David Fincher’s ‘Gone Girl’ Adaptation Grabs Awards Season-Friendly Release Date

By October 16, 2013
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Gone Girl

If you’ve yet to read any of bestselling author Gillian Flynn’s three twisty, turny, dead clever thrillers – first of all, correct that – you’re about to be inundated with book-to-film adaptations on your big screen soon enough.

Film versions of all three of Flynn’s books – “Sharp Objects,” “Dark Places,” and “Gone Girl” – are currently in different states of production, but we finally know exactly when one of them will come to a theater near us. Fox has announced that David Fincher’s Gone Girl will arrive in theaters on October 3, 2014. As is the case with any high profile film that’s due to open in the autumn, awards season buzz is already ramping up.

Of the three Flynn films in production, Fincher’s Gone Girl does seem the most likely to grab both box office success and critical accolades – not only because the book it’s based on is Flynn’s most popular novel, but because the cast and crew behind it is the most glittery and recognizable of the trio. How recognizable? In case you missed the news from a few months back, the film will star an Academy Award winner who is also a part of the pantheon of great actors who have taken on Batman’s cape and cowl. No, no, not George Clooney – Ben Affleck.

Ben-Affleck

Affleck will star alongside Rosamund Pike, Neil Patrick Harris, Tyler Perry, Kim Dickens, Patrick Fugit, and Carrie Coon in the film, giving Fincher’s latest one heck of a talented and varied cast. For the uninitiated, the book centers on a married couple (Affleck and Pike) who trade in their hip Manhattan lifestyle to move back to the husband’s small Missouri hometown to help care for his mother. As the book winds on (and it’s a twisty one, which makes it hard to effectively telegraph just how smart and engaging it is), it becomes obvious that not all is right between Nick and Amy Dunne, a sense that is driven home when Amy goes missing and Nick becomes the prime suspect.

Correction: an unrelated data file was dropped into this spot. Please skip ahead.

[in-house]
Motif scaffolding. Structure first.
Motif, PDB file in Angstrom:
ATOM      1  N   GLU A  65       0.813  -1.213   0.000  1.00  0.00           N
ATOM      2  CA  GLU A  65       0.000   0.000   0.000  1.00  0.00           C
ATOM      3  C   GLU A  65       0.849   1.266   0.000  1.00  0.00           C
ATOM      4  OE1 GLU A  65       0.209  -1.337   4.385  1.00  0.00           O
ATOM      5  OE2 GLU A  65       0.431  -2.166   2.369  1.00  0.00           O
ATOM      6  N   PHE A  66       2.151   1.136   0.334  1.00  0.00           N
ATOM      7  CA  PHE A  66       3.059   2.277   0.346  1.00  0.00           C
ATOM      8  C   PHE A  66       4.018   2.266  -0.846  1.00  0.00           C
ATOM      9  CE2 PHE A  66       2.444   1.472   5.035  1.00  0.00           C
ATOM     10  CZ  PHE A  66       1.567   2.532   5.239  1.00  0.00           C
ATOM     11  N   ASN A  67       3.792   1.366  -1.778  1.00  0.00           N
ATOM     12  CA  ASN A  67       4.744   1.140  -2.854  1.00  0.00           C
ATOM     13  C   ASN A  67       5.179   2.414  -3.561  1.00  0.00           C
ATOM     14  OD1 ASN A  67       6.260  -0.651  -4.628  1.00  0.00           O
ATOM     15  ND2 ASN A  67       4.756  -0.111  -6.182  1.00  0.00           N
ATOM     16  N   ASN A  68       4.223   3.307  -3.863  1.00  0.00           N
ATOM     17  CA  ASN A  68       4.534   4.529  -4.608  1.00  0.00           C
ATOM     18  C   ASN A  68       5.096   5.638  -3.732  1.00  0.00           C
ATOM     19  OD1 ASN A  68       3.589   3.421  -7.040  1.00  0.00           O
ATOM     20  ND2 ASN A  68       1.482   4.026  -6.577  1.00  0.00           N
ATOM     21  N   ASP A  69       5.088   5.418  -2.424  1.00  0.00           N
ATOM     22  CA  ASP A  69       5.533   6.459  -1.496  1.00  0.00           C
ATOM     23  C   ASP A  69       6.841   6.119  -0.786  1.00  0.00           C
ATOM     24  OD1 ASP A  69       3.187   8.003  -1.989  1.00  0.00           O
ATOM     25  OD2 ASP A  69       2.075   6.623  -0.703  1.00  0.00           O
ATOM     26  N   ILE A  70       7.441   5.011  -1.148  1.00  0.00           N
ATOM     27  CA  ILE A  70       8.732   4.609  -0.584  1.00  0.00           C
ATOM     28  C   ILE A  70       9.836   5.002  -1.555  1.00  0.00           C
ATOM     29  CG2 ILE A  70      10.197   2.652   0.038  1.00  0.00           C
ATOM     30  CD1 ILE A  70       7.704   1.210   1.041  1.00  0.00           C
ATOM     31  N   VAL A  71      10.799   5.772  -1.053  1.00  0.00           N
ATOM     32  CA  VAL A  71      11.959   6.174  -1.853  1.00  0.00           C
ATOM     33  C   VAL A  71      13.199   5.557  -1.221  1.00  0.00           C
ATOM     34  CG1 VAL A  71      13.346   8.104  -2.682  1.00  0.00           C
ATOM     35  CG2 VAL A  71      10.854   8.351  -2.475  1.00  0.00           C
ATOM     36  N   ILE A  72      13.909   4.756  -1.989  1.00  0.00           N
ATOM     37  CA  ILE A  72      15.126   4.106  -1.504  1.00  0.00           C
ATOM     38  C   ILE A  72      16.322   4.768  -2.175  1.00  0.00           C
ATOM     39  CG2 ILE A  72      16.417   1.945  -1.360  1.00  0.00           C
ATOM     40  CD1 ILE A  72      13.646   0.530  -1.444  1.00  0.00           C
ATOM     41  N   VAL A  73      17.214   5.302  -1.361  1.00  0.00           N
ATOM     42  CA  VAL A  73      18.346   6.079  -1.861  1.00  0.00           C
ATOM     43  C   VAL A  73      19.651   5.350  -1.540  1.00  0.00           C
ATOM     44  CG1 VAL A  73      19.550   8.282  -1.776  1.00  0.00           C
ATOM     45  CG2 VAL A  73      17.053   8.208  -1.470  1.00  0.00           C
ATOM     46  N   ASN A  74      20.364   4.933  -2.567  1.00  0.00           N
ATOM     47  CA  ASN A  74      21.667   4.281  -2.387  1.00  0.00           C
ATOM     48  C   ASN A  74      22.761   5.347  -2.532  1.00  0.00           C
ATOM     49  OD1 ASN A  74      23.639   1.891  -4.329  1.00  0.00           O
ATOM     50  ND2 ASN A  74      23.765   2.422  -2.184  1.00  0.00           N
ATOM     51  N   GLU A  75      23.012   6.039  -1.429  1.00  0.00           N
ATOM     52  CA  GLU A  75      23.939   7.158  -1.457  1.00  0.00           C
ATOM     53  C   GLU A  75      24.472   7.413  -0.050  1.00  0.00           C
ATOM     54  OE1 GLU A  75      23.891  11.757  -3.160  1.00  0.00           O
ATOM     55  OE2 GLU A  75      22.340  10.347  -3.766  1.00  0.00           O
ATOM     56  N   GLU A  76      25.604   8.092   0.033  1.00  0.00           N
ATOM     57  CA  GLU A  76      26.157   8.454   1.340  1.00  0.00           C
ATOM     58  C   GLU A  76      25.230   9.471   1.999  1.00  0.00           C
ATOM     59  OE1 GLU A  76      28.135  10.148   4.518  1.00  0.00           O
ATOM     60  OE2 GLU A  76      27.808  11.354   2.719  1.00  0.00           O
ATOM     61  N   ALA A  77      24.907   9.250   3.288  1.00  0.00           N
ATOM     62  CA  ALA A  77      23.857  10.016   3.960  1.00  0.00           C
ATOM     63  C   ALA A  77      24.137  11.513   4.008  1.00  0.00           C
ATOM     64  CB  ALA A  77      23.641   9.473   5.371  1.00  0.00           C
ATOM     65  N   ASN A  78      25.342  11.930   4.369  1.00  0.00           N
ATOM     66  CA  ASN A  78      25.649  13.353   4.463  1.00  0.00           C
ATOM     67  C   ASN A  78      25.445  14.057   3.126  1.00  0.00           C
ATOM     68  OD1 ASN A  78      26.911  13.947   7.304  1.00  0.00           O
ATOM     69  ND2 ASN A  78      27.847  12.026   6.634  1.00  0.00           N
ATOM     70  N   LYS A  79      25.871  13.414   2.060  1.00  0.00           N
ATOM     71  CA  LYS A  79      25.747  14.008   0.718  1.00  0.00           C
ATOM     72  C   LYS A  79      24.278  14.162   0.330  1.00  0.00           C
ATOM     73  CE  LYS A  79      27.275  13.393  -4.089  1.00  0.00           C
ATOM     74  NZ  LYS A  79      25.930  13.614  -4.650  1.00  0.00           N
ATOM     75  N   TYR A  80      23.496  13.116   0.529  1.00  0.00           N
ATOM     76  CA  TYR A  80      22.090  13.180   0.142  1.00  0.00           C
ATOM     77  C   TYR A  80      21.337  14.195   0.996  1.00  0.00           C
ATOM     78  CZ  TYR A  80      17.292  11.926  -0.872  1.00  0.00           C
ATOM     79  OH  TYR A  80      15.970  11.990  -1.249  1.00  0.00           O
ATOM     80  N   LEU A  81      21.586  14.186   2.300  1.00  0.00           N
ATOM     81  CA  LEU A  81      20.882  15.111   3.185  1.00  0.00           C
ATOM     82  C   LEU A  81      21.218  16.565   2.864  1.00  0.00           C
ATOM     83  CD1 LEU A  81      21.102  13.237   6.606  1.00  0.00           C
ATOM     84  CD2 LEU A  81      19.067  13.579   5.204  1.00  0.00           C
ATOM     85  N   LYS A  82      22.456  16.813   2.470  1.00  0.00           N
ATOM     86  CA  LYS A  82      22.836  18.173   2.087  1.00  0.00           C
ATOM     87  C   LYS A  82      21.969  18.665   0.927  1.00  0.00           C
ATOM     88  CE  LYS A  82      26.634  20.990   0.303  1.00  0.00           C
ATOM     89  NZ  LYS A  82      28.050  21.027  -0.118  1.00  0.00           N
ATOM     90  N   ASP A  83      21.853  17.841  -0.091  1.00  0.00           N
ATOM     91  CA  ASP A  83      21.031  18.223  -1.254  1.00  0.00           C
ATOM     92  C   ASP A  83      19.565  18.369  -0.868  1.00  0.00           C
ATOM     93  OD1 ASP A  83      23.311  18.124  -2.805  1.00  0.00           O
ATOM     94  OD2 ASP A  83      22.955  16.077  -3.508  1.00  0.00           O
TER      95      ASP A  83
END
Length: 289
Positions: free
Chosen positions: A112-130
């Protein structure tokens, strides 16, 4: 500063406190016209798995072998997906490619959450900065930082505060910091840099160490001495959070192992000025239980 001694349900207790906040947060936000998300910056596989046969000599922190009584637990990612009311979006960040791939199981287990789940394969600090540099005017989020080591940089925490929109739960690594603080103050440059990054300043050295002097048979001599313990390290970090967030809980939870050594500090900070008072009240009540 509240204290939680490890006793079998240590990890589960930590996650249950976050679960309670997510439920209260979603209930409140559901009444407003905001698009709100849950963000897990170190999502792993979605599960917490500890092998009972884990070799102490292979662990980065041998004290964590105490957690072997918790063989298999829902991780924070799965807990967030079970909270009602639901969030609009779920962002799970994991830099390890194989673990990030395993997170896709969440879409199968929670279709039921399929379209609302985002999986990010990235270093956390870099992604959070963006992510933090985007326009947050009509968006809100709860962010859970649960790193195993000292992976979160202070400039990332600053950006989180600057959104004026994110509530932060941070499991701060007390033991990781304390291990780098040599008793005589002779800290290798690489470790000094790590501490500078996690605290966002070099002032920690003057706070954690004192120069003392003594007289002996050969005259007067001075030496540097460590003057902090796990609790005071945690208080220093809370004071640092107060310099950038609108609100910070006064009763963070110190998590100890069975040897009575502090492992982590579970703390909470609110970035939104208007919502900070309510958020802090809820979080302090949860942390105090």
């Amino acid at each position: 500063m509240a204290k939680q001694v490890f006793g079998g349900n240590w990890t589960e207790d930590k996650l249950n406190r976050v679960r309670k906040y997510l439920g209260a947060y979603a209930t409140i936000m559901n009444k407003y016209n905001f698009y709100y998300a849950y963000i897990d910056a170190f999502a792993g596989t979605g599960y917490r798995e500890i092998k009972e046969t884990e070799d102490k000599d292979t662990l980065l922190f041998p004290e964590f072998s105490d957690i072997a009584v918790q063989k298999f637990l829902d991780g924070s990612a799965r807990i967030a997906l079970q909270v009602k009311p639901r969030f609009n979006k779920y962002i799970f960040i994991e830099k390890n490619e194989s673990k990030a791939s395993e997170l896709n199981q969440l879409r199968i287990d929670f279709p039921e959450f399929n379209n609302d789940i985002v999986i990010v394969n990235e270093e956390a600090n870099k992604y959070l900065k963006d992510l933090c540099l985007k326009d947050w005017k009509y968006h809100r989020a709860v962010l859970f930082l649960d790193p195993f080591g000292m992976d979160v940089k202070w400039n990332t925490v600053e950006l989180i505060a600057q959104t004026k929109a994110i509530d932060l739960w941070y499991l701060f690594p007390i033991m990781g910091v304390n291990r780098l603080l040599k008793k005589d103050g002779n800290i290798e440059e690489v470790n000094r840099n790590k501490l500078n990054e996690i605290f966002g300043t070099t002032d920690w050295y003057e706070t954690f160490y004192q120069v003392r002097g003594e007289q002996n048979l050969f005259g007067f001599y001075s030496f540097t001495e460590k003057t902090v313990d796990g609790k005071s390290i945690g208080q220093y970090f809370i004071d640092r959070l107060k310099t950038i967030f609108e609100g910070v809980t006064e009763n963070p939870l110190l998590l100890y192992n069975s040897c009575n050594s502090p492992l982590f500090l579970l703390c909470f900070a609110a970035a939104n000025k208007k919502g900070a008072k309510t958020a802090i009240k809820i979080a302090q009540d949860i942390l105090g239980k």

While the book sounds like a “ripped from the headlines” type affair – and, yes, the vultures of the cable news networks pop up frequently – Flynn’s book has a lot more going on than its basic plotline suggests. Frankly, it’s an easy one to spoil, so we’ll just encourage you to read it now, while you still can. You will not be disappointed (when you’re done, you can read Flynn’s others, simply because we can guarantee you’ll want to fall back into her dark powers).

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Kate Erbland
Kate Erbland is a staff writer for movie news and reviews at GeekNation. Her work can also be found at Film School Rejects, ScreenCrush, Vanity Fair, The Dissolve, Cosmopolitan, Bustle, amNewYork, New York Daily News, Dame Magazine, Mental Floss, Film.com, MSN Movies, and Boxoffice Magazine. She lives in New York City with two cats, two turtles, one boyfriend, and a frightening number of sensible canvas totes.